And then you run into the issues that, once again, Paizo just doesn't follow its own rules. The stat blocks are wrong, an entire encounter relies on a creature doing something that it cannot legally do, etc.

I enjoyed playing it but I am NOT enjoying prepping it. If there was time, I'd back out of running it.


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Too many effects that you can't do anything about

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Based on playing the module.

At its core it isn't a bad module. Some interesting mysteries, some interesting fights. Very little role playing, you're basically just going in to kill things.

However, the author used WAY too much of "make saving throws or start to suck. A lot" effects with no reasonable ways of avoiding the situations and no in character ways of even knowing that you were affected.

Poison effect:
The memory loss poison, at least the way that we interpreted it, is just a killer. Its kinda amusing a little at first but quickly gets really silly. Interpreted as written, a character is essentially worse than useless for 8 hours (worse than useless since they SHOULD be burning through consumables and spells)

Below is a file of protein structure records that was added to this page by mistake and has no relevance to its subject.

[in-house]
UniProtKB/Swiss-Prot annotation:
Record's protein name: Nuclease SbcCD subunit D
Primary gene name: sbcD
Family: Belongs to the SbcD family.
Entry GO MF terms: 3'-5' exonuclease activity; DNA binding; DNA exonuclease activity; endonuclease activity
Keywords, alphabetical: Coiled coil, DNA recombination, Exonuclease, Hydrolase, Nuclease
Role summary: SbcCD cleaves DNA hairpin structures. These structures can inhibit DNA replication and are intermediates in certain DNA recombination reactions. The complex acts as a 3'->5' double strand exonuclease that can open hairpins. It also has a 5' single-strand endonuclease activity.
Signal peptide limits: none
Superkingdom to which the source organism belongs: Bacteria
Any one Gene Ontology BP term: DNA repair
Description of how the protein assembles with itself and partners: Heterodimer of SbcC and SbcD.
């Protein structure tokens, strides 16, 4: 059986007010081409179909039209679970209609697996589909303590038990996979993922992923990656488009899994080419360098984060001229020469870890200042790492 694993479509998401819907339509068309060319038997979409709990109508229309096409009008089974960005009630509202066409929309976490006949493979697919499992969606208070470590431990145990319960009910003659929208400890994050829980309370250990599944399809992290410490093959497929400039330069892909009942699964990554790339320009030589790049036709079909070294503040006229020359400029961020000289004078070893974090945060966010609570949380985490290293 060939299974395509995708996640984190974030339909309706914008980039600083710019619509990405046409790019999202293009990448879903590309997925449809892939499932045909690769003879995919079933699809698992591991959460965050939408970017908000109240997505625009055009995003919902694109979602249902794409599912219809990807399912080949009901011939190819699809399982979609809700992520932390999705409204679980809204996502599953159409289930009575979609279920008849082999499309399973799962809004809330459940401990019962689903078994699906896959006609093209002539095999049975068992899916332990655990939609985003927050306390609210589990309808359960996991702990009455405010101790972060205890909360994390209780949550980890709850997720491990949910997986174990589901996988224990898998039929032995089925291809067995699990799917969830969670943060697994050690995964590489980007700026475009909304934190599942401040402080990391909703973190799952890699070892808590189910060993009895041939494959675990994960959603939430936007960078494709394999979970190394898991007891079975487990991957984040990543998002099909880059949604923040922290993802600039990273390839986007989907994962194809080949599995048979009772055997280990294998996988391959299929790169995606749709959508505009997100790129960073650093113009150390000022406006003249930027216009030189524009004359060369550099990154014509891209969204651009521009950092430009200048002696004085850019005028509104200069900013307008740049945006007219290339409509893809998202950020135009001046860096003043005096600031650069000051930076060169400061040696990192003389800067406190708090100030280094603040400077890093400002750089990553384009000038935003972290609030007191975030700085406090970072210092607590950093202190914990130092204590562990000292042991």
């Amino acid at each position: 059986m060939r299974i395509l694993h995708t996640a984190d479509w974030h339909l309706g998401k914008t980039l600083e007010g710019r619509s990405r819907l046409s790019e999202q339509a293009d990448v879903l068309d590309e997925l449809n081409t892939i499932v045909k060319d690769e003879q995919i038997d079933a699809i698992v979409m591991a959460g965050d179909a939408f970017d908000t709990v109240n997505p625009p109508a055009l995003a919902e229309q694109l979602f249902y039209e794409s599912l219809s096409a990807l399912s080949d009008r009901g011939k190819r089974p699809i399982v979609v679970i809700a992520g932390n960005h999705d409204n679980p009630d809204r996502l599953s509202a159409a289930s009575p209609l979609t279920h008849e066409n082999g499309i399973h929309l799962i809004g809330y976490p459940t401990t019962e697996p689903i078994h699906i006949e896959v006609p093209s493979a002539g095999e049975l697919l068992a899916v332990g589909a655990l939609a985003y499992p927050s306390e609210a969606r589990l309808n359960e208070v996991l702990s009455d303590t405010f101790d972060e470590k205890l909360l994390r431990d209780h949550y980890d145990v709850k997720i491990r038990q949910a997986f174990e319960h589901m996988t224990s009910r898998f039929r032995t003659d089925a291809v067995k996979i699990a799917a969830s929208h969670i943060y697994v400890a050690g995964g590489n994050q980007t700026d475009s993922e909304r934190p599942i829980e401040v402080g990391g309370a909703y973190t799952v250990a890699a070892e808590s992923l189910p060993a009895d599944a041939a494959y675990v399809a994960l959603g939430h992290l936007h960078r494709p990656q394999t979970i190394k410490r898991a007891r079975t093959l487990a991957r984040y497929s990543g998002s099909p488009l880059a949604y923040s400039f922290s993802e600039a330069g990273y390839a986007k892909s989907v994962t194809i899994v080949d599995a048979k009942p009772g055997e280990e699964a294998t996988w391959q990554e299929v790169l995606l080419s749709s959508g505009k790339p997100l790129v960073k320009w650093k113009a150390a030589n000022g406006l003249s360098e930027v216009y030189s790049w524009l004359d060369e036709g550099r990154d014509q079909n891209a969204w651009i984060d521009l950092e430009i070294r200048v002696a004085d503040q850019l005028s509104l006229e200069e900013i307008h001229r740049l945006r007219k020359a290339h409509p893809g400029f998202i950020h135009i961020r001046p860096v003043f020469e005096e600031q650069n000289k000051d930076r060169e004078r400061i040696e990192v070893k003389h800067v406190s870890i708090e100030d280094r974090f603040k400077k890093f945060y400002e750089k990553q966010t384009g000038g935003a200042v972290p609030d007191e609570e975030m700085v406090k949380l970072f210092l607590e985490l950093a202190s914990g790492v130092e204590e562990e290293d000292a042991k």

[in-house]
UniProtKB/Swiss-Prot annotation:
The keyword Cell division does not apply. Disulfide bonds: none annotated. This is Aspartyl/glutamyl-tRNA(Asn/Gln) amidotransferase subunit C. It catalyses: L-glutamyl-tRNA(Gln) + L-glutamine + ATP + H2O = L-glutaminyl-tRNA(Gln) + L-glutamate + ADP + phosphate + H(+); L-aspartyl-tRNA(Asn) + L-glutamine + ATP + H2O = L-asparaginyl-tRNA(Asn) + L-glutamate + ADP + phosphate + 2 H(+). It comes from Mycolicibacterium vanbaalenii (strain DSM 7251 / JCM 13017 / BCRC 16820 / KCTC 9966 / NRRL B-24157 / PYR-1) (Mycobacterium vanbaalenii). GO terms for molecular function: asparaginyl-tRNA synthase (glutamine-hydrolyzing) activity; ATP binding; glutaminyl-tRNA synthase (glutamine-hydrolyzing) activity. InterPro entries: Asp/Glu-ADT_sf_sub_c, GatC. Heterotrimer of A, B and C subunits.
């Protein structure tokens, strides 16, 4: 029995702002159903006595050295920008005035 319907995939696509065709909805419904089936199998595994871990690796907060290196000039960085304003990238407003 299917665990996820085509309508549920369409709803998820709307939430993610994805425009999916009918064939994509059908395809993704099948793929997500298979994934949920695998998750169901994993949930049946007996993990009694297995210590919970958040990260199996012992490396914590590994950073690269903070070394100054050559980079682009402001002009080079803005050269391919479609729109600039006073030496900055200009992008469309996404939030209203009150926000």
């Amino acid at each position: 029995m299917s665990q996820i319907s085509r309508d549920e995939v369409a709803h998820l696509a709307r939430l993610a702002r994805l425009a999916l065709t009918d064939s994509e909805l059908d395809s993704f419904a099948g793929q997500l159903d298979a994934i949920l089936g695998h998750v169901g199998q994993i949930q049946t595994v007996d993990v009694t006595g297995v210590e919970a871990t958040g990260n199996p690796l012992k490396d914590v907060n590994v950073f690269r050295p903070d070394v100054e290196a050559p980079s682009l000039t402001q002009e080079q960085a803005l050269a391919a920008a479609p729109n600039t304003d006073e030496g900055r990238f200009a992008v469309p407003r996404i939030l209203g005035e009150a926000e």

mind affecting affect:
The last session was certainly fun for the player of the character who was confused all session. NOT. Fortunately we were playing on a VTT so he just went home but this is NOT goood dungeon design

Despite being a character down and playing in Core more we'd have succeeded except for some really bad luck. But those negative effects add up a lot.

Hmm. Writing this convinced my to lower my rating to 1 star. A person not getting to play for a session is really, really bad design